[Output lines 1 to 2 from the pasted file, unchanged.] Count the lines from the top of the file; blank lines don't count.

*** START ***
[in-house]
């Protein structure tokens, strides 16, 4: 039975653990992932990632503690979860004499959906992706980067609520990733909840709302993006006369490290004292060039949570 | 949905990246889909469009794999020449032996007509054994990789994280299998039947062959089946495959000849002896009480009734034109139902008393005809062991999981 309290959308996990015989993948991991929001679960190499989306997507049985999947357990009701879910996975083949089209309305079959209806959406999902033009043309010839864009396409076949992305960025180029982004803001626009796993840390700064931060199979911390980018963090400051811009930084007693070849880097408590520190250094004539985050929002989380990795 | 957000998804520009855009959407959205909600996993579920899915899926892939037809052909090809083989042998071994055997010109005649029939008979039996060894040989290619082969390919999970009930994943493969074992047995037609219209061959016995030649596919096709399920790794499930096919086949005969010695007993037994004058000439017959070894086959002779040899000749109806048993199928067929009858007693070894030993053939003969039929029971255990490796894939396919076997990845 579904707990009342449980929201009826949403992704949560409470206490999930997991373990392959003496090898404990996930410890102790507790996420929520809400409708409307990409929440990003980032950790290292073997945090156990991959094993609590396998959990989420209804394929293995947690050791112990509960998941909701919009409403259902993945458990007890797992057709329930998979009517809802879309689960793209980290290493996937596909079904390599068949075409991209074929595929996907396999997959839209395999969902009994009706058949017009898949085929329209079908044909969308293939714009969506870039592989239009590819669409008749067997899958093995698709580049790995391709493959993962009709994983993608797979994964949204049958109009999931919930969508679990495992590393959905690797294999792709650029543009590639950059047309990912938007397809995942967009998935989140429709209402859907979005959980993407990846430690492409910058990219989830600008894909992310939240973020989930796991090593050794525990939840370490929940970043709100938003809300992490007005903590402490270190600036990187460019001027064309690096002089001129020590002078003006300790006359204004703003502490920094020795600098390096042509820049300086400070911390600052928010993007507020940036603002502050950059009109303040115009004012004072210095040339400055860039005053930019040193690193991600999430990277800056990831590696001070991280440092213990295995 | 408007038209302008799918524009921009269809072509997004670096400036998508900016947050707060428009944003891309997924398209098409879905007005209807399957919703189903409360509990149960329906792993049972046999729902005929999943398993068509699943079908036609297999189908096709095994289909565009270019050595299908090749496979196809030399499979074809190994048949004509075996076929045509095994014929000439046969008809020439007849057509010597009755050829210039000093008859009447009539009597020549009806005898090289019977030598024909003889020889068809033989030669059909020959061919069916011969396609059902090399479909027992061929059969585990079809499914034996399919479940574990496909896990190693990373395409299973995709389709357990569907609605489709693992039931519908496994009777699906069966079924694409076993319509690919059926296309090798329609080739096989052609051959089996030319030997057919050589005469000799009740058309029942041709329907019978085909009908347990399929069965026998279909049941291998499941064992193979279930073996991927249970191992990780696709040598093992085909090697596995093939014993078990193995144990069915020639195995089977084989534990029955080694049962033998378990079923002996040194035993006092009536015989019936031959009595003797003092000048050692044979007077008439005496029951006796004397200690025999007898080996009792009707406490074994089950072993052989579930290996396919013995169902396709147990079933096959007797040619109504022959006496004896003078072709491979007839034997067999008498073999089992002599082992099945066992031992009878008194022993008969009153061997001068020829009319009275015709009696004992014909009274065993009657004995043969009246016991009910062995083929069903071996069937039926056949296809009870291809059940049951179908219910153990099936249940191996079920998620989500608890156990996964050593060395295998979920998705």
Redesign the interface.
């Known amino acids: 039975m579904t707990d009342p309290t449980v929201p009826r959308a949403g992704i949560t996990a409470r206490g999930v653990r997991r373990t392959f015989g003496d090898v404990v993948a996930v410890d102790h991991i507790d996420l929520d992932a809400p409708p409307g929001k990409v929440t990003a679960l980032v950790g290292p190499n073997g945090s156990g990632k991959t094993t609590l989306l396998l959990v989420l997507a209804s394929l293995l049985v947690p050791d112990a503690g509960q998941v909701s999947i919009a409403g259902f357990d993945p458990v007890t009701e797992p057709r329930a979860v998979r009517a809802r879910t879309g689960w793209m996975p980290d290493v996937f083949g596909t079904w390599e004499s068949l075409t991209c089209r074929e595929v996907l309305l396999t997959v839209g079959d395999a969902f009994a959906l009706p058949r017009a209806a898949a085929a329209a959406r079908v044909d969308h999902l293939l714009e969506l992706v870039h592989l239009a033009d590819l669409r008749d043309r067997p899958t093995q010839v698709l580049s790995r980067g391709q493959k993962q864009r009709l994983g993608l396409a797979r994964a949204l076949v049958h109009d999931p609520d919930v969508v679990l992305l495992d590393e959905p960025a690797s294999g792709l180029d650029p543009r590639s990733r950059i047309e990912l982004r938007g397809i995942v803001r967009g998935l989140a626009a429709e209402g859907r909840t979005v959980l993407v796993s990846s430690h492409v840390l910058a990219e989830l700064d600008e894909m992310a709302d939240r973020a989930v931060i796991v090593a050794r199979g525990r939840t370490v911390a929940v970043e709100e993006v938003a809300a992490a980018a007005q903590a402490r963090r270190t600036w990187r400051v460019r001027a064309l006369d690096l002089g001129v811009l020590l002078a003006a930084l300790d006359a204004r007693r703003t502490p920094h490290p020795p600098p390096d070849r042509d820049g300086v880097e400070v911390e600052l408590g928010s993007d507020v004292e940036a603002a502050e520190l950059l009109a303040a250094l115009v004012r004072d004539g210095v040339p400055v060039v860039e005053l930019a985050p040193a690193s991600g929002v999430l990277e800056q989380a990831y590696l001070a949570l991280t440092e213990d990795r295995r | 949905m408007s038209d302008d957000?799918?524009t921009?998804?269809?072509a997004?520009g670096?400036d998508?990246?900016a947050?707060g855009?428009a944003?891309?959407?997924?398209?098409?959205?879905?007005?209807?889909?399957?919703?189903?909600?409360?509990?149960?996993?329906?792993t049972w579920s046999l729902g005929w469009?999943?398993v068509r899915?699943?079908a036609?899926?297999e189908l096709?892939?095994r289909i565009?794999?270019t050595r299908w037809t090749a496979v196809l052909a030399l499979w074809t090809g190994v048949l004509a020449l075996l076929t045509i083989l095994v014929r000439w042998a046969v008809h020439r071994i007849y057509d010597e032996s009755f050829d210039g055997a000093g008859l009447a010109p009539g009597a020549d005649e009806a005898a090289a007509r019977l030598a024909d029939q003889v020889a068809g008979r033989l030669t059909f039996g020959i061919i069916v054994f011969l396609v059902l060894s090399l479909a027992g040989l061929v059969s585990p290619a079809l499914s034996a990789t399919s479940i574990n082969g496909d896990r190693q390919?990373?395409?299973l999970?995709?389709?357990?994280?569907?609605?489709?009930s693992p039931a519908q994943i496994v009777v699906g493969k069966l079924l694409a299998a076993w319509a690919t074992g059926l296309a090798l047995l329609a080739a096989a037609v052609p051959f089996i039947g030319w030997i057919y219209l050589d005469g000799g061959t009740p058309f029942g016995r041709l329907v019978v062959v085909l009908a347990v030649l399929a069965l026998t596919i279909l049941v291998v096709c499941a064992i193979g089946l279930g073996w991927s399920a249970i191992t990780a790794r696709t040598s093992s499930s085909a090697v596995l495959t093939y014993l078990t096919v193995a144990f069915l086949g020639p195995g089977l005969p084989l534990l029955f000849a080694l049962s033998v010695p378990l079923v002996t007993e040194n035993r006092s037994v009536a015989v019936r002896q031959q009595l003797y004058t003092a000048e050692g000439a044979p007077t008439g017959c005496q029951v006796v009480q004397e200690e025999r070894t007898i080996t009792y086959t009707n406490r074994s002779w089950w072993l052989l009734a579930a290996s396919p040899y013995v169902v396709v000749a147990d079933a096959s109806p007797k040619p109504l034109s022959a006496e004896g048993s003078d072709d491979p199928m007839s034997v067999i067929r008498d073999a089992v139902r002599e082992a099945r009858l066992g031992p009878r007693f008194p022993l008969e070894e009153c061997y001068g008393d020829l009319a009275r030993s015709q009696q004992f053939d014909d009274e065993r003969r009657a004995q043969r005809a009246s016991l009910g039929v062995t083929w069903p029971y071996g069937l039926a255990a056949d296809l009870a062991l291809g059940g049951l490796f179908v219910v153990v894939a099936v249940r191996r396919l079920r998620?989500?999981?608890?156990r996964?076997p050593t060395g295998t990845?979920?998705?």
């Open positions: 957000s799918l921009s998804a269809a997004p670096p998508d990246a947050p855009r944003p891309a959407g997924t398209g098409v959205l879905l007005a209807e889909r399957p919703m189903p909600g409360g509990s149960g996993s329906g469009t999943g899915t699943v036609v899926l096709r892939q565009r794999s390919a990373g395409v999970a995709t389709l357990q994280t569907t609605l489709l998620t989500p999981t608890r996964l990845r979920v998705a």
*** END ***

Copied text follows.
[in-house]
């Protein structure tokens, strides 16, 4: 039975653990992932990632503690979860004499959906992706980067609520990733909840709302993006006369490290004292060039949570 | 949905990246889909469009794999020449032996007509054994990789994280299998039947062959089946495959000849002896009480009734034109139902008393005809062991999981 309290959308996990015989993948991991929001679960190499989306997507049985999947357990009701879910996975083949089209309305079959209806959406999902033009043309010839864009396409076949992305960025180029982004803001626009796993840390700064931060199979911390980018963090400051811009930084007693070849880097408590520190250094004539985050929002989380990795 | 957000998804520009855009959407959205909600996993579920899915899926892939037809052909090809083989042998071994055997010109005649029939008979039996060894040989290619082969390919999970009930994943493969074992047995037609219209061959016995030649596919096709399920790794499930096919086949005969010695007993037994004058000439017959070894086959002779040899000749109806048993199928067929009858007693070894030993053939003969039929029971255990490796894939396919076997990845 579904707990009342449980929201009826949403992704949560409470206490999930997991373990392959003496090898404990996930410890102790507790996420929520809400409708409307990409929440990003980032950790290292073997945090156990991959094993609590396998959990989420209804394929293995947690050791112990509960998941909701919009409403259902993945458990007890797992057709329930998979009517809802879309689960793209980290290493996937596909079904390599068949075409991209074929595929996907396999997959839209395999969902009994009706058949017009898949085929329209079908044909969308293939714009969506870039592989239009590819669409008749067997899958093995698709580049790995391709493959993962009709994983993608797979994964949204049958109009999931919930969508679990495992590393959905690797294999792709650029543009590639950059047309990912938007397809995942967009998935989140429709209402859907979005959980993407990846430690492409910058990219989830600008894909992310939240973020989930796991090593050794525990939840370490929940970043709100938003809300992490007005903590402490270190600036990187460019001027064309690096002089001129020590002078003006300790006359204004703003502490920094020795600098390096042509820049300086400070911390600052928010993007507020940036603002502050950059009109303040115009004012004072210095040339400055860039005053930019040193690193991600999430990277800056990831590696001070991280440092213990295995 | 408007038209302008799918524009921009269809072509997004670096400036998508900016947050707060428009944003891309997924398209098409879905007005209807399957919703189903409360509990149960329906792993049972046999729902005929999943398993068509699943079908036609297999189908096709095994289909565009270019050595299908090749496979196809030399499979074809190994048949004509075996076929045509095994014929000439046969008809020439007849057509010597009755050829210039000093008859009447009539009597020549009806005898090289019977030598024909003889020889068809033989030669059909020959061919069916011969396609059902090399479909027992061929059969585990079809499914034996399919479940574990496909896990190693990373395409299973995709389709357990569907609605489709693992039931519908496994009777699906069966079924694409076993319509690919059926296309090798329609080739096989052609051959089996030319030997057919050589005469000799009740058309029942041709329907019978085909009908347990399929069965026998279909049941291998499941064992193979279930073996991927249970191992990780696709040598093992085909090697596995093939014993078990193995144990069915020639195995089977084989534990029955080694049962033998378990079923002996040194035993006092009536015989019936031959009595003797003092000048050692044979007077008439005496029951006796004397200690025999007898080996009792009707406490074994089950072993052989579930290996396919013995169902396709147990079933096959007797040619109504022959006496004896003078072709491979007839034997067999008498073999089992002599082992099945066992031992009878008194022993008969009153061997001068020829009319009275015709009696004992014909009274065993009657004995043969009246016991009910062995083929069903071996069937039926056949296809009870291809059940049951179908219910153990099936249940191996079920998620989500608890156990996964050593060395295998979920998705």